26 November 1952
On 26 November 1952, Dr. Cyril Garbett, the Archbishop of York, speaking in the House of Lords, backed the British government’s use of collective punishment against villages and often entire districts deemed to be ‘uncooperative’ with Britain’s counter-insurgency campaign to crush the anti-colonial Mau Mau rebellion. During the next four years the punitive measures were to result in tens of thousands being deprived of their livestock and land, and 400,000 more moved into virtual concentration camps. An operation which, according to Caroline Elkins, in her detailed study ‘Britain’s Gulag: the Brutal End of Empire in Kenya‘, ‘left tens of thousands, perhaps hundreds of thousands dead.’1
Earlier, the Labour peer Lord Stansgate had attacked the government for using dogs to round up black women and children. The Archbishop was unsympathetic. He insisted that such revelations were dangerous because they encouraged ‘what he himself dreaded might come—a suspicion of British rule throughout Africa.’ Instead, he argued, the focus should be on the crimes of the anti-British Mau Mau insurgency, which was ‘directed and inspired by the lowest type of witchcraft,’ adding that ‘the more that is known of this movement, the more determined will this country be to restore order.’ Order in the sense of the population’s passive acceptance of the absolute political and economic hegemony of the the white settlers and British rule.2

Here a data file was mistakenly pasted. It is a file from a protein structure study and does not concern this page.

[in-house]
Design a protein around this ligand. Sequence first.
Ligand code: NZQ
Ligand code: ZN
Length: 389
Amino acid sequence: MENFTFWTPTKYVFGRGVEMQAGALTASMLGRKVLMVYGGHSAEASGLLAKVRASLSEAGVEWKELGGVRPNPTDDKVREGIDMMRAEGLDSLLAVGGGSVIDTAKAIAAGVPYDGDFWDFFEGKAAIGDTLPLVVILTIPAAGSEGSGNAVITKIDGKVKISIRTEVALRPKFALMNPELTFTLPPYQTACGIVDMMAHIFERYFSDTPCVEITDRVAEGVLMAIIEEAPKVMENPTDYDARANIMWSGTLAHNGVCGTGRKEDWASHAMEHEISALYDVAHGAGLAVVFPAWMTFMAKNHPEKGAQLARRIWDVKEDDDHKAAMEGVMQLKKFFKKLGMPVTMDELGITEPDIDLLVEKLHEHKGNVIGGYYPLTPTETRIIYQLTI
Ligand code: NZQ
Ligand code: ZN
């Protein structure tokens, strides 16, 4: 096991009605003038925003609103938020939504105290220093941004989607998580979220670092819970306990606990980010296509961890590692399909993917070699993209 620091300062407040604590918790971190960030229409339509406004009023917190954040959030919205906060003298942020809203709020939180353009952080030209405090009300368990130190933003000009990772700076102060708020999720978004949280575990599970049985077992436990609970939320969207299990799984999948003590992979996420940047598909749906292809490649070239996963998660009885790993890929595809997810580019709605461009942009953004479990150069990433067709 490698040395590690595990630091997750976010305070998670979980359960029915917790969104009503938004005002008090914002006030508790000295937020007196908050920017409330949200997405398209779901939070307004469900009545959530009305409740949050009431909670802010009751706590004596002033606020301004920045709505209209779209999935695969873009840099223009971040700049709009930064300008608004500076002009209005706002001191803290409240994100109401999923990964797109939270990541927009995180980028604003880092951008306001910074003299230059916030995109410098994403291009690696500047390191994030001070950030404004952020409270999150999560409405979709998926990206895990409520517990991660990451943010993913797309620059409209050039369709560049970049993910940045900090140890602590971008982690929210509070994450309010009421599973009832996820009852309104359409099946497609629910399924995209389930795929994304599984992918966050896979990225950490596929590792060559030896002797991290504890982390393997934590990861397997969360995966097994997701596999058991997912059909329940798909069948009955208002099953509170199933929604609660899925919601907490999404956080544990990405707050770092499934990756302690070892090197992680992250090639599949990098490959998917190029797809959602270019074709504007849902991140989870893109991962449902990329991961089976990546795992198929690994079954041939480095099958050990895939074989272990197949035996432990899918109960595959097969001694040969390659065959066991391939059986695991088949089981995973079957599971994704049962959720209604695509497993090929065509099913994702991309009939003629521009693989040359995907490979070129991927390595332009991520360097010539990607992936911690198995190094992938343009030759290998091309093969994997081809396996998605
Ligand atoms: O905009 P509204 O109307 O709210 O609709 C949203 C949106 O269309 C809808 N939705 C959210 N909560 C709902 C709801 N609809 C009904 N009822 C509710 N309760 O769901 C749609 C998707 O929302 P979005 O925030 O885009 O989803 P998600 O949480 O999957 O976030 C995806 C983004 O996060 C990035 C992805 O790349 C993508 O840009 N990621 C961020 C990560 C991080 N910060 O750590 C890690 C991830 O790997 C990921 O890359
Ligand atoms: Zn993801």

- Caroline Elkins, Britain’s Gulag: The Brutal End of Empire in Kenya, The Bodley Head, London, 2014, p. xiv.
- The Lord Archbishop of York cited in ‘Collective Punishment in Kenya,’ 26 November 1952, House of Lords Hansard accessed online at url https://hansard.parliament.uk/Lords/1952-11-26/debates/f143e09e-c8d6-4a9f-ad02-34a0d207feb8/CollectivePunishmentInKenya and ‘Peer says dogs used in Kenya manhunt,’ The Daily Herald, 27 November 1952, p. 1.
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